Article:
10. I once commented on a friend of mine whether the attacks on 9/11 and the new religious conflict was not just an attempt of the rich Arabic elite to distract the population from their own political failures. For example, youth unemployment in Saudi Arabia is high (as in many other Arabic countries) and young males have a high potential for aggressive behavior.

    the official (and persistent) unemployment rate of Saudi males is 13 percent, and many independent experts believe that the rate may be as high as 25 percent. The substantial investment over many years undertaken by the Saudi overnment has not yielded satisfactory returns. The Saudi results are similar to the results in affluent Gulf nations. Statistics indicate that graduates are often not capable of integrating successfully into national economies. Leaders must question the relevance of the educational experiences they are providing.

    I'm not saying that the political leaders are not threatened themselves by Islamic fundamentalists, but for the moment it's probably quite convenient to blame Western infidels.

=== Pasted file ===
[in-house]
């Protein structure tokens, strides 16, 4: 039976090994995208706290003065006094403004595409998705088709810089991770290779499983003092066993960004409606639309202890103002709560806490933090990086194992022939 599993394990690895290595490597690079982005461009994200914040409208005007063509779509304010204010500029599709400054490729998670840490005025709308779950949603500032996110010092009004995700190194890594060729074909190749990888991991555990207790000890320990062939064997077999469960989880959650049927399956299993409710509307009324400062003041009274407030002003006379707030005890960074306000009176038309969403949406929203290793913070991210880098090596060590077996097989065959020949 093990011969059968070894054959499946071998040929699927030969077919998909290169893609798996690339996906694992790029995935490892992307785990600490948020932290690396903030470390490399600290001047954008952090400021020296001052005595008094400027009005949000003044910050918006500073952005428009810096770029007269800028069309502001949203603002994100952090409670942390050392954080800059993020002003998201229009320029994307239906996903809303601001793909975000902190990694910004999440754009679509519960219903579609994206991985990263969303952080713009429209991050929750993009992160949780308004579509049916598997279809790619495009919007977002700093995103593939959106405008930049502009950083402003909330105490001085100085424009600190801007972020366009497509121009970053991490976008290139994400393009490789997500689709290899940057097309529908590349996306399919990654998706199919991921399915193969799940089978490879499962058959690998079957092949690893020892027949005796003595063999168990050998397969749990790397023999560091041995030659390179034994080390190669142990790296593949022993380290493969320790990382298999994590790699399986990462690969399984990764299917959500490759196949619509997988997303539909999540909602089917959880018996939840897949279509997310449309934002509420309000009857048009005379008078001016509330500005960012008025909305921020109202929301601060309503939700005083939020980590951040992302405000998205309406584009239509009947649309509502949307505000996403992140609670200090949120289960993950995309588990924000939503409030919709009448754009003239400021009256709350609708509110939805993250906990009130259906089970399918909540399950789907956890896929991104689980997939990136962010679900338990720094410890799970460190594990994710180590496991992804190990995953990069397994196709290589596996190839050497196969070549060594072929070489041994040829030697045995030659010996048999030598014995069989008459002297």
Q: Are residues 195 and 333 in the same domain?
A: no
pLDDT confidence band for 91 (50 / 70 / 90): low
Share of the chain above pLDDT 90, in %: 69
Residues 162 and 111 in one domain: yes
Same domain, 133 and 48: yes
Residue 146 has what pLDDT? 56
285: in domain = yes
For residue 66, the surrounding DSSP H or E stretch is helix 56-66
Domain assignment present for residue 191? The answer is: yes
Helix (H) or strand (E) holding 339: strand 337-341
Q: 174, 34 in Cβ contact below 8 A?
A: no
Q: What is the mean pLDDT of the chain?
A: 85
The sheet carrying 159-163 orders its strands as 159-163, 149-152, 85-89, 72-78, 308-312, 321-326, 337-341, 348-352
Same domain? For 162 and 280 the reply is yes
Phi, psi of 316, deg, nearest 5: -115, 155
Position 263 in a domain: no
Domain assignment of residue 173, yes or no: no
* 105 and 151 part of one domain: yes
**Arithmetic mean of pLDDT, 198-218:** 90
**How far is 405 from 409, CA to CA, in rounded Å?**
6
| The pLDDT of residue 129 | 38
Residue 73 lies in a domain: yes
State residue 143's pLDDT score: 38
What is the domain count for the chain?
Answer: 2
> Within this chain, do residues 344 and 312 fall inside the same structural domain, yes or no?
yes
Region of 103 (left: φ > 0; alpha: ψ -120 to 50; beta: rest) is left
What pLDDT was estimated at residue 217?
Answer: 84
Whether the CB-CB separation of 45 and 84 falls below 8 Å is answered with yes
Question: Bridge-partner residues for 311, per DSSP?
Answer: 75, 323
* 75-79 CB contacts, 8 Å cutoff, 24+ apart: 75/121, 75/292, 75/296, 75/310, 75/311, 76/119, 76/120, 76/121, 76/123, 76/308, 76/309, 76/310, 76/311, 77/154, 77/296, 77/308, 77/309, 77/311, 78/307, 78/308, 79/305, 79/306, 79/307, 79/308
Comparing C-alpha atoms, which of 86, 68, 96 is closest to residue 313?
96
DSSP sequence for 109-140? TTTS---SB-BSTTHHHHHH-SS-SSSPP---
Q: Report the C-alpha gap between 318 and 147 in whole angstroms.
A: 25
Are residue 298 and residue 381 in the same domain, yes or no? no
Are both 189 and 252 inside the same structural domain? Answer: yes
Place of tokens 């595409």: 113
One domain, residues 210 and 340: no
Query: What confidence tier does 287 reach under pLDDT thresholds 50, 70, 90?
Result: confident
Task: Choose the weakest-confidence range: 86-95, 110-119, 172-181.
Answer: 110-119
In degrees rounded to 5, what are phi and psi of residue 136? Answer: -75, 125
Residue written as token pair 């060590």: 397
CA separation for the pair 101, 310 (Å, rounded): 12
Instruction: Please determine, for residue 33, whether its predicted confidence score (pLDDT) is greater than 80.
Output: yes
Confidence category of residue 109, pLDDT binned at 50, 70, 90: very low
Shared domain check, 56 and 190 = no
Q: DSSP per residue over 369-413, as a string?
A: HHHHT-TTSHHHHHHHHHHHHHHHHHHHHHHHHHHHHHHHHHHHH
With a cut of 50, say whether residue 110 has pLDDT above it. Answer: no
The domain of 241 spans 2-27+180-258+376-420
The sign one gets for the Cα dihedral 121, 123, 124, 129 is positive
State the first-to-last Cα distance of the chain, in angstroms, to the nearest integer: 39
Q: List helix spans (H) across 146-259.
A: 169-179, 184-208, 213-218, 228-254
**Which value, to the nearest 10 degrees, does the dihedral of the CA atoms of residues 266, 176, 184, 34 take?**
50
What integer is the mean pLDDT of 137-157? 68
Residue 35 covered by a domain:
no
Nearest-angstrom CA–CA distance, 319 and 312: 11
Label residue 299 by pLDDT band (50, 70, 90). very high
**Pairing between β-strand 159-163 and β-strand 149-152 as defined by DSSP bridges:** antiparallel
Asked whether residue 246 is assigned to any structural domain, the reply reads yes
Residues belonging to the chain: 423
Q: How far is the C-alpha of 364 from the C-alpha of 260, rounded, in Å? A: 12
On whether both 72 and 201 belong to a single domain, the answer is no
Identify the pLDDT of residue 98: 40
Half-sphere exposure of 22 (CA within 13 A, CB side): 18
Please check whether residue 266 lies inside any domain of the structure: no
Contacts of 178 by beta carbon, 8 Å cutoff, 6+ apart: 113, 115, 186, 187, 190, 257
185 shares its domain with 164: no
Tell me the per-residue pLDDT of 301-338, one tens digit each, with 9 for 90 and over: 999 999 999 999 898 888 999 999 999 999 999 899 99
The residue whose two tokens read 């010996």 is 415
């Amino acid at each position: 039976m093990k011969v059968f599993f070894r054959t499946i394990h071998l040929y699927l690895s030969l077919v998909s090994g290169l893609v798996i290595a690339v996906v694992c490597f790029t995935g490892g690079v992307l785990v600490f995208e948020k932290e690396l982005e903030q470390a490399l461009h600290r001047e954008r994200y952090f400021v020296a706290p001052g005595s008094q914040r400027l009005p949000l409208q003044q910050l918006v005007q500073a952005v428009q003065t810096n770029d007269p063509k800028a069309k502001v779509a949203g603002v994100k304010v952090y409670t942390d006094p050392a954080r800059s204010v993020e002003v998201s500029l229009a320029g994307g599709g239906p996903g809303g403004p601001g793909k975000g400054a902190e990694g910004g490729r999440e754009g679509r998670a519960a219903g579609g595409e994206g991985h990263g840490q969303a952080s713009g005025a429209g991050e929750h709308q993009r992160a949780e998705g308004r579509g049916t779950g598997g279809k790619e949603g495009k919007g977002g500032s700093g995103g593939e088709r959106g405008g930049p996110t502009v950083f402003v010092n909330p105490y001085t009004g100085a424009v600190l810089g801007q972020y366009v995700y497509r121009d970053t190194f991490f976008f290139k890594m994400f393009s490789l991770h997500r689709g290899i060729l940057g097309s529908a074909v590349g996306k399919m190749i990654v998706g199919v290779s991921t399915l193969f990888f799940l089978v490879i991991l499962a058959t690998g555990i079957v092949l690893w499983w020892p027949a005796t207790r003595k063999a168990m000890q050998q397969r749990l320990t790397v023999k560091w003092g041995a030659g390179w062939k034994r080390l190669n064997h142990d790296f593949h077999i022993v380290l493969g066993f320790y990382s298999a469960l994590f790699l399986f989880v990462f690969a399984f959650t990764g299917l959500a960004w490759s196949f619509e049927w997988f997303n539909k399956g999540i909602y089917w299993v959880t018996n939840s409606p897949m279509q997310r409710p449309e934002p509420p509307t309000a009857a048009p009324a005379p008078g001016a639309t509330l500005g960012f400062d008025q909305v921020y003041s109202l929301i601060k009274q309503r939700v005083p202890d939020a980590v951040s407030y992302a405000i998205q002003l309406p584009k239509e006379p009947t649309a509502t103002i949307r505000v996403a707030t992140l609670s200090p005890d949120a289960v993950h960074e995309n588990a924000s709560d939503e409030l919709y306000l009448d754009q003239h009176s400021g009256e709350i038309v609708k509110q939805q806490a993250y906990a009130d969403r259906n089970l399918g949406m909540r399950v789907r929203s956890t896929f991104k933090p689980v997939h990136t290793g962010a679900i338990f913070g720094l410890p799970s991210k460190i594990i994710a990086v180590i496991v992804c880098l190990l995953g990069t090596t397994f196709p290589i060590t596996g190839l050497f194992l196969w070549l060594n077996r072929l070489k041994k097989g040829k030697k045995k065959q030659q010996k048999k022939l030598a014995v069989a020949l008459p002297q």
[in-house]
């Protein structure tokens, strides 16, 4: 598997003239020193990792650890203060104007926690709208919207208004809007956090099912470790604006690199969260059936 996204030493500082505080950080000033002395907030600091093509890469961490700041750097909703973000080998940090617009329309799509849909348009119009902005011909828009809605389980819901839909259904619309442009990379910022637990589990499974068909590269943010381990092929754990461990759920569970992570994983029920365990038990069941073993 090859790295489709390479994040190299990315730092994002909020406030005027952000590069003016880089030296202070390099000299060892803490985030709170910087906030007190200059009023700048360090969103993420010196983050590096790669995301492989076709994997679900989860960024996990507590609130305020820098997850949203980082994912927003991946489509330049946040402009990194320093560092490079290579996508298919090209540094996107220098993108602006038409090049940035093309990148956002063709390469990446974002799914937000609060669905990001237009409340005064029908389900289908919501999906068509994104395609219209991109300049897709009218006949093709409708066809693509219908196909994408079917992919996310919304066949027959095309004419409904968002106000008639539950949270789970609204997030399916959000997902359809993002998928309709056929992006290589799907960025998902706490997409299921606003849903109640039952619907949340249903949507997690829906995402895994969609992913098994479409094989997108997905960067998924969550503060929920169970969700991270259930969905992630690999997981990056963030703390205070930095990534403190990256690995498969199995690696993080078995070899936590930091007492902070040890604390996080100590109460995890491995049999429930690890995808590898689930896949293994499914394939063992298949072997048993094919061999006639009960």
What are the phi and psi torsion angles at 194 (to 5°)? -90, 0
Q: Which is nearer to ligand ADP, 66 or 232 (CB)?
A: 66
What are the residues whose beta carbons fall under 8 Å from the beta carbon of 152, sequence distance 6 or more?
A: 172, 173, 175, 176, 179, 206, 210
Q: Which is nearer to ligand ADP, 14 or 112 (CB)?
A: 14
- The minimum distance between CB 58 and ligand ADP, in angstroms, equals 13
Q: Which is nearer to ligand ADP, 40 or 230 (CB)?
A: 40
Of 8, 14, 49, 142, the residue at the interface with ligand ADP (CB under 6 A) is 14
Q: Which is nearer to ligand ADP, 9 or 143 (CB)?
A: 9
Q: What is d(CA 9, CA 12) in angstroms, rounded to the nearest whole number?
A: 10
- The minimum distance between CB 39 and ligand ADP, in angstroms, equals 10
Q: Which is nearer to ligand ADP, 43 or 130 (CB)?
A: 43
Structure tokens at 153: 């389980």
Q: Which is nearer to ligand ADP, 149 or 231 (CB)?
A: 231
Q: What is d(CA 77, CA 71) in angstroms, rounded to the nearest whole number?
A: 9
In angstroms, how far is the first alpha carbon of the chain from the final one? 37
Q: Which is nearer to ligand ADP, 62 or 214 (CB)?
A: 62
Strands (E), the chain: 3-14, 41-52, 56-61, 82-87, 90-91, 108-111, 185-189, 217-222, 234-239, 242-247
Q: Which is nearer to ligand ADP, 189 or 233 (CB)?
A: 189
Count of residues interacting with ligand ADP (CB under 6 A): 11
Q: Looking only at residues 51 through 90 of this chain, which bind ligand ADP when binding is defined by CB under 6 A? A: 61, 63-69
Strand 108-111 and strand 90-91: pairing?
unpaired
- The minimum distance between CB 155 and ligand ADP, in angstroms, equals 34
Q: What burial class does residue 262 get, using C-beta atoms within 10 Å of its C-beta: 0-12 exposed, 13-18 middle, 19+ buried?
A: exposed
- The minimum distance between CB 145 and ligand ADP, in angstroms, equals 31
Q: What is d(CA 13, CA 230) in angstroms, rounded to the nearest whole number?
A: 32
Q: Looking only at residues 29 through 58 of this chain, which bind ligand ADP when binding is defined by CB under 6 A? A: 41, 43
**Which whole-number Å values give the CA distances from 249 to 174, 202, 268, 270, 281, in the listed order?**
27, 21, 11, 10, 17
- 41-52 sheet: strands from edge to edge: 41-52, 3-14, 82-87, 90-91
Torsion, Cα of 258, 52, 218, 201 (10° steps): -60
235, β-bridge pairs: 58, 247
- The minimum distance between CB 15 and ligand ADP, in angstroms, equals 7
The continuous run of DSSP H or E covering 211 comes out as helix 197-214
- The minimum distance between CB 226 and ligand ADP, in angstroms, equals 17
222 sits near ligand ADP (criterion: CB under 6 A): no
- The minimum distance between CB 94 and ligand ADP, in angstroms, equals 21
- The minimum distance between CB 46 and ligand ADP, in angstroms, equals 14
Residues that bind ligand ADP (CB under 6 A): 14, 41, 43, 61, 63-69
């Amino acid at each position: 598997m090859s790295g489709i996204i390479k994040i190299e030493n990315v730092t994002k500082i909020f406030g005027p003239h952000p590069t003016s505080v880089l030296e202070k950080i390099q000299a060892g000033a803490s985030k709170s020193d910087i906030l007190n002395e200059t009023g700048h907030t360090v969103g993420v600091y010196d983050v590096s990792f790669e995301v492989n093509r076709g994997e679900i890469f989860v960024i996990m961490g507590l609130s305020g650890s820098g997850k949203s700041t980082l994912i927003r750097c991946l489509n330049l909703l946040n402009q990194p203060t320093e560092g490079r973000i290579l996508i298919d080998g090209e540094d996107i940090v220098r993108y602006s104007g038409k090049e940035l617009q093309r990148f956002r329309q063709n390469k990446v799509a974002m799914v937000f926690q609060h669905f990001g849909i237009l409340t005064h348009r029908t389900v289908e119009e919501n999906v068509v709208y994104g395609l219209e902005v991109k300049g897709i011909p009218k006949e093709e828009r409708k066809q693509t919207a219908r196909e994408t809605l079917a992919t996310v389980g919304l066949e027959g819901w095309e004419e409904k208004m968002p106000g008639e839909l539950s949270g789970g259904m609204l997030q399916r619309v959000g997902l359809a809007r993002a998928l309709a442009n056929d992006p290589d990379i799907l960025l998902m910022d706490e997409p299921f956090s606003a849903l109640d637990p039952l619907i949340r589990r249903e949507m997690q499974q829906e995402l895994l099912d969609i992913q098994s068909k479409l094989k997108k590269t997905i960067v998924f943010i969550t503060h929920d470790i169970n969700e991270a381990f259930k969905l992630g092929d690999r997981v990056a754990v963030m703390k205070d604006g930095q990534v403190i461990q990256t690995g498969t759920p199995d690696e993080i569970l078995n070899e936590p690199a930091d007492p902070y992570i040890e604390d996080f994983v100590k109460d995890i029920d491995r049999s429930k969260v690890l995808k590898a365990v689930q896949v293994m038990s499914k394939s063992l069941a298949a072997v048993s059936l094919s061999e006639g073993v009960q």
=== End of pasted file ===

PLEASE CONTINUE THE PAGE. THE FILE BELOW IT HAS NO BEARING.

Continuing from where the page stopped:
11. Vicki Baker says:


    Global warming. Changing rainfall patterns. Could there be a connection?

    Water is not the only resource being fought over in the Sudan. This is China's war for oil. China underwrites our greed-fuelled lifestyle, meanwhile we are exporting car culture to China.

    Oil pipelines, pumping stations, well-heads, and other key infrastructure became targets for the rebels from the South, who wanted a share in the country's new mineral wealth, much of which was on lands they had long occupied. John Garang, leader of the rebel Sudan People's Liberation Army (SPLA), declared these installations to be legitimate targets of war. For a time, the oil companies fled from the conflict, but in the 1990s they began to return. Chinese and Indian companies were particularly aggressive, doing much of their drilling behind perimeters of bermed earth guarded by troops to protect against rebel attacks. It was a Chinese pipeline to the Red Sea that first brought Sudanese oil to the international market.


    See also: